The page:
21. 18 Genius and Morbidezza: Manon Lescaut
    (pp. 153-157)

    The libretto of Puccini’s first successful opera,Manon Lescaut, credits no author. Puccini used at least four librettists, accepted the additional suggestions of his publisher Ricordi, and – save for actual versification – may have been as responsible as any of them for the final result. Many hands were needed, for Massenet’s seven-year-old opera on the same subject had already given all-too-memorable expression both to the brief period of happiness Manon Lescaut and her Chevalier Des Grieux had enjoyed on the Rue Vivienne and to his subsequent attempt to forget her at St Sulpice. And before Massenet, Auber had dramatized...

  22. 19 Mists, Sails, Sounds, and Impressions: Pelléas et Mélisande
    (pp. 158-169)

    I’ve always thought that the final page of Claude Debussy’sPelléas et Mélisande– part lullaby, part requiem, with its slowly descending arpeggios, its distant bell tolling, its suggestion of the sea glimpsed through charmed magic casements and its muted trumpet sounding the flight of the soul from faery lands forlorn – is the most beautiful ending any opera was ever given. But then, I’ve been in love with the music of Debussy ever since, in my early teens, I first discovered the twenty-four piano Preludes performed on old 78s by Walter Gieseking, and first tried, with minimal success, to...

  23. 20 It Is Your Turn to Speak: Dialogues des Carmélites
    (pp. 170-181)

    My year in the novitiate was perhaps the happiest of my life. My novice master, who had seen Caruso sing and could detect the outlines of operatic arias in bird songs, seemed to me the oldest, gentlest, and wisest man in the world. I lived and prayed with twelve other novices who were close to me in age and shared my hopes and dreams. We read Shakespeare and studied Greek and Latin to keep our young minds busy, for we were going to be teachers one day. But it wasn’t, primarily, a year of study. It was a life of...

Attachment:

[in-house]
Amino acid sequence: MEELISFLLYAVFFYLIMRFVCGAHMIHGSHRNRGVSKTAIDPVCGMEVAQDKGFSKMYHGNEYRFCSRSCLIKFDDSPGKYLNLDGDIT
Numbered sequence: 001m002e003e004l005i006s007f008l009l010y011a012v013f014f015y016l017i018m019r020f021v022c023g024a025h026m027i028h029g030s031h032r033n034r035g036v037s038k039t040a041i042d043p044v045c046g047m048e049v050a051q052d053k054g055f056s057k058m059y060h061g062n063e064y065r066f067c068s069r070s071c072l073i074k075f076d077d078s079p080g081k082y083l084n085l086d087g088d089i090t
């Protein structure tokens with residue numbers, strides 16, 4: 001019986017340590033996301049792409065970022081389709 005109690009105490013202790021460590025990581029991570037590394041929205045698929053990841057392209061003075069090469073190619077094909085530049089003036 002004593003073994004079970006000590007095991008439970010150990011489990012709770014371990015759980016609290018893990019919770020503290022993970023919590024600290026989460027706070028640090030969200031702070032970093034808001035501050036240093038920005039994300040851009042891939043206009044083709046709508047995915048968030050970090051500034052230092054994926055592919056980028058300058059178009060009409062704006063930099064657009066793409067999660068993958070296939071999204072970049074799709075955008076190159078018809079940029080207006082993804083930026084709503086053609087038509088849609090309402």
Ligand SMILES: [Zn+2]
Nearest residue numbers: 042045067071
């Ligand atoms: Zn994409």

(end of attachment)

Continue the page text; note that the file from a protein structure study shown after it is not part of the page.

24. 21 An Opera Made of Songs: Porgy and Bess
    (pp. 182-190)

    I’ve often thought that the reason why George Gershwin’s operaPorgy and Bessis still unappreciated in some critical circles is that some critical circles have too little appreciation of the golden age of American song.

    The classic American popular song was born on 24 August 1914, when Julia Sanderson first sang Jerome Kern’ s ‘They Didn’t Believe Me,’ to a lyric by Herbert Reynolds, on Broadway. By the time Julie Andrews sang Lerner and Loewe’s charming ‘What Do the Simple Folk Do?’ with Richard Burton inCamelotin 1960, the popular song in America, apart from a few scattered...

  25. 22 The Music Wrote Itself: Oklahoma!
    (pp. 191-196)

    WhenOklahoma!first blossomed on Broadway in 1943, the adjective invariably applied to it was ‘fresh.’ It was many other things, too, but what most came at you from the stage of the St. James Theater, or almost minute-to-minute over the radio, or from the piano in virtually any living room that had one, was a freshness best described by librettist Oscar Hammerstein II himself, when he wrote that the wavin’ wheat could sure smell sweet when the wind came right behind the rain.

    We were in the thick of the Second World War then, and it was becoming increasingly...

    (pp. 197-216)

    Our century is hurrying to its end, and anyone who has lived through even a small part of it is likely now to wonder what it has meant, where we are headed, and what will speak for us after we are gone. He might also wonder, if he has any interest in such matters, what twentieth-century opera has had to say about the ten turbulent decades that have produced it, and what hope it holds for the future.

    These are daunting questions. I wouldn’t be addressing them had I not been invited to, and I apologize in advance for what...

  27. Further Reading
    (pp. 217-220)
  28. Recordings and Videos
    (pp. 221-230)
  29. Index
    (pp. 231-241)